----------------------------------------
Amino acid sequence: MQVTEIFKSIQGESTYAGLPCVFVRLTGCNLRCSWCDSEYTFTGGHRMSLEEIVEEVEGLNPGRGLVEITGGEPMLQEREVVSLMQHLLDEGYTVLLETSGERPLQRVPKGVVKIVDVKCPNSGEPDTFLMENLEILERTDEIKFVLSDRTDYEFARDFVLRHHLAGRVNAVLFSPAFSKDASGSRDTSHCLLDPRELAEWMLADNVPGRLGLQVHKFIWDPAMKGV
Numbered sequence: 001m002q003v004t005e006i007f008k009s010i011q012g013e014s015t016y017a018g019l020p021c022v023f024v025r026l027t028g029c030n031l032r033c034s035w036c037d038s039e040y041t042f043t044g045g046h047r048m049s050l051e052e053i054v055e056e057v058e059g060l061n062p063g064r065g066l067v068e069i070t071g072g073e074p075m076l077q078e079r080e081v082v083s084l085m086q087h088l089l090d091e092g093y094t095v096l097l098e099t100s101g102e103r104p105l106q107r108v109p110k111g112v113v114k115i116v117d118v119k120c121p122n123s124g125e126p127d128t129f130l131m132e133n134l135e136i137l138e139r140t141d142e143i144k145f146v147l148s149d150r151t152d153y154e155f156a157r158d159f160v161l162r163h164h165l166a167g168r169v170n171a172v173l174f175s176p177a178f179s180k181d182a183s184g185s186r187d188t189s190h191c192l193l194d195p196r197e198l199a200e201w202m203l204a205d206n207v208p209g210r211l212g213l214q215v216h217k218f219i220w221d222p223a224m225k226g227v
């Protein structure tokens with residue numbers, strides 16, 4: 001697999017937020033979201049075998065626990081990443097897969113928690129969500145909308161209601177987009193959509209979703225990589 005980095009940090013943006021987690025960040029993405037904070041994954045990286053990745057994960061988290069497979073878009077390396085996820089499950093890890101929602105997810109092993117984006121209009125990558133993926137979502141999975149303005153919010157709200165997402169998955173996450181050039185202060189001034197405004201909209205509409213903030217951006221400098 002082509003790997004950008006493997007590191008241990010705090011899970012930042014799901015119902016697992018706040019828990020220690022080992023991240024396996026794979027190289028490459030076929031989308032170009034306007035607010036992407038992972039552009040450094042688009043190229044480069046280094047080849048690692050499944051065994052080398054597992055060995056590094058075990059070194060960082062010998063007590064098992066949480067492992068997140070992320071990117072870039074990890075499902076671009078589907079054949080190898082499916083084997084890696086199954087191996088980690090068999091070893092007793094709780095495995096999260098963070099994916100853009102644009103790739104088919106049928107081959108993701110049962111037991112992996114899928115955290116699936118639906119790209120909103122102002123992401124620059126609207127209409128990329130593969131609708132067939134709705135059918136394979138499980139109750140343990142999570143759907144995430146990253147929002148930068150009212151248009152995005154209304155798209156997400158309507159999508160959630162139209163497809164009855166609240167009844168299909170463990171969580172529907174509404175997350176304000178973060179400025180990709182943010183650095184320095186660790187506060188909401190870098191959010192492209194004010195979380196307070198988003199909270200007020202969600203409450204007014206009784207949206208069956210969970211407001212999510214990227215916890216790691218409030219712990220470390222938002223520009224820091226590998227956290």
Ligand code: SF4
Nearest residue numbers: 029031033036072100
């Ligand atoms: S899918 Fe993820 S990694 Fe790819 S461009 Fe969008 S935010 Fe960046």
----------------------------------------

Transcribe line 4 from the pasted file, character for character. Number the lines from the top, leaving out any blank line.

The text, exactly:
Ligand code: SF4